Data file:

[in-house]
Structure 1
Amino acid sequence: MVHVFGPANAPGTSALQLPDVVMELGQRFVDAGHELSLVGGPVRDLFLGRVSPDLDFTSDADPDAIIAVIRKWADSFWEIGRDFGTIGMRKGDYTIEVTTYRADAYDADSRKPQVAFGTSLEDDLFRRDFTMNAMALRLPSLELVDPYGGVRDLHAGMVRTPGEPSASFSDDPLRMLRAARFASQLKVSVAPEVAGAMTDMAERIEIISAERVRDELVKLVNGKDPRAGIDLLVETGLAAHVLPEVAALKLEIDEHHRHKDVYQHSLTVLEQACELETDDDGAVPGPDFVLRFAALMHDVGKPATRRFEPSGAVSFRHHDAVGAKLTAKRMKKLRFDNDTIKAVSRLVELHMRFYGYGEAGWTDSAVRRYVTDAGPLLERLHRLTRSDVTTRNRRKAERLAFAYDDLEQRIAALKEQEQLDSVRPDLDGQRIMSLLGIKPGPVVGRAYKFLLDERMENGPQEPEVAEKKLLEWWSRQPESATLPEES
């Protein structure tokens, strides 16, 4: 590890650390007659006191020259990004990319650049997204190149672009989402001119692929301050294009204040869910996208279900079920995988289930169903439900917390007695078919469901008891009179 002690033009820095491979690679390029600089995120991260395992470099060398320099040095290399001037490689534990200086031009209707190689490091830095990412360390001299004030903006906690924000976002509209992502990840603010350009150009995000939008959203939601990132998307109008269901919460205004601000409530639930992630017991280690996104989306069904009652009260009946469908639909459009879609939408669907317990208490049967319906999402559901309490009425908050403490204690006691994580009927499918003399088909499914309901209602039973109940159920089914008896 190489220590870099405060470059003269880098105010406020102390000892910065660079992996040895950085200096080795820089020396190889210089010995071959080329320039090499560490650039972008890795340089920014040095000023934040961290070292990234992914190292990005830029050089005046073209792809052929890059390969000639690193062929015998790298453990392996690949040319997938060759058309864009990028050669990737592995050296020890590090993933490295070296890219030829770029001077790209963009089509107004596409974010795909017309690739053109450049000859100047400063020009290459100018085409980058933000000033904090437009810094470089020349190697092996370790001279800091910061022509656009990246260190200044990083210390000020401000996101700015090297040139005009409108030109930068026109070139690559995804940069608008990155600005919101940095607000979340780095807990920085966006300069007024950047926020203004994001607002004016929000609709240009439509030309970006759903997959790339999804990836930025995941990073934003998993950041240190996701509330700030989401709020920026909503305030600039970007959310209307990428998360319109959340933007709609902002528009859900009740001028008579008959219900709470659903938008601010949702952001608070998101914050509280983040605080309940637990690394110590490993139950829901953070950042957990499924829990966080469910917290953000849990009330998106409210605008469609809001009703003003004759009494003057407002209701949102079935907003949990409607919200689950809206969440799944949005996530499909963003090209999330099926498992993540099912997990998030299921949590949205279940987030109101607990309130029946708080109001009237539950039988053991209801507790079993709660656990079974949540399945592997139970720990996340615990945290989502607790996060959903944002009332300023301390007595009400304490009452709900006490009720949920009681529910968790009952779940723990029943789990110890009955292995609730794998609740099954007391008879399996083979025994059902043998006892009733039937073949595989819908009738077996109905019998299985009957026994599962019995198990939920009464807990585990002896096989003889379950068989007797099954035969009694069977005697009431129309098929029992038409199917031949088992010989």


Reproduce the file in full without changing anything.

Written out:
[in-house]
Structure 1
Amino acid sequence: MVHVFGPANAPGTSALQLPDVVMELGQRFVDAGHELSLVGGPVRDLFLGRVSPDLDFTSDADPDAIIAVIRKWADSFWEIGRDFGTIGMRKGDYTIEVTTYRADAYDADSRKPQVAFGTSLEDDLFRRDFTMNAMALRLPSLELVDPYGGVRDLHAGMVRTPGEPSASFSDDPLRMLRAARFASQLKVSVAPEVAGAMTDMAERIEIISAERVRDELVKLVNGKDPRAGIDLLVETGLAAHVLPEVAALKLEIDEHHRHKDVYQHSLTVLEQACELETDDDGAVPGPDFVLRFAALMHDVGKPATRRFEPSGAVSFRHHDAVGAKLTAKRMKKLRFDNDTIKAVSRLVELHMRFYGYGEAGWTDSAVRRYVTDAGPLLERLHRLTRSDVTTRNRRKAERLAFAYDDLEQRIAALKEQEQLDSVRPDLDGQRIMSLLGIKPGPVVGRAYKFLLDERMENGPQEPEVAEKKLLEWWSRQPESATLPEES
């Protein structure tokens, strides 16, 4: 590890650390007659006191020259990004990319650049997204190149672009989402001119692929301050294009204040869910996208279900079920995988289930169903439900917390007695078919469901008891009179 002690033009820095491979690679390029600089995120991260395992470099060398320099040095290399001037490689534990200086031009209707190689490091830095990412360390001299004030903006906690924000976002509209992502990840603010350009150009995000939008959203939601990132998307109008269901919460205004601000409530639930992630017991280690996104989306069904009652009260009946469908639909459009879609939408669907317990208490049967319906999402559901309490009425908050403490204690006691994580009927499918003399088909499914309901209602039973109940159920089914008896 190489220590870099405060470059003269880098105010406020102390000892910065660079992996040895950085200096080795820089020396190889210089010995071959080329320039090499560490650039972008890795340089920014040095000023934040961290070292990234992914190292990005830029050089005046073209792809052929890059390969000639690193062929015998790298453990392996690949040319997938060759058309864009990028050669990737592995050296020890590090993933490295070296890219030829770029001077790209963009089509107004596409974010795909017309690739053109450049000859100047400063020009290459100018085409980058933000000033904090437009810094470089020349190697092996370790001279800091910061022509656009990246260190200044990083210390000020401000996101700015090297040139005009409108030109930068026109070139690559995804940069608008990155600005919101940095607000979340780095807990920085966006300069007024950047926020203004994001607002004016929000609709240009439509030309970006759903997959790339999804990836930025995941990073934003998993950041240190996701509330700030989401709020920026909503305030600039970007959310209307990428998360319109959340933007709609902002528009859900009740001028008579008959219900709470659903938008601010949702952001608070998101914050509280983040605080309940637990690394110590490993139950829901953070950042957990499924829990966080469910917290953000849990009330998106409210605008469609809001009703003003004759009494003057407002209701949102079935907003949990409607919200689950809206969440799944949005996530499909963003090209999330099926498992993540099912997990998030299921949590949205279940987030109101607990309130029946708080109001009237539950039988053991209801507790079993709660656990079974949540399945592997139970720990996340615990945290989502607790996060959903944002009332300023301390007595009400304490009452709900006490009720949920009681529910968790009952779940723990029943789990110890009955292995609730794998609740099954007391008879399996083979025994059902043998006892009733039937073949595989819908009738077996109905019998299985009957026994599962019995198990939920009464807990585990002896096989003889379950068989007797099954035969009694069977005697009431129309098929029992038409199917031949088992010989």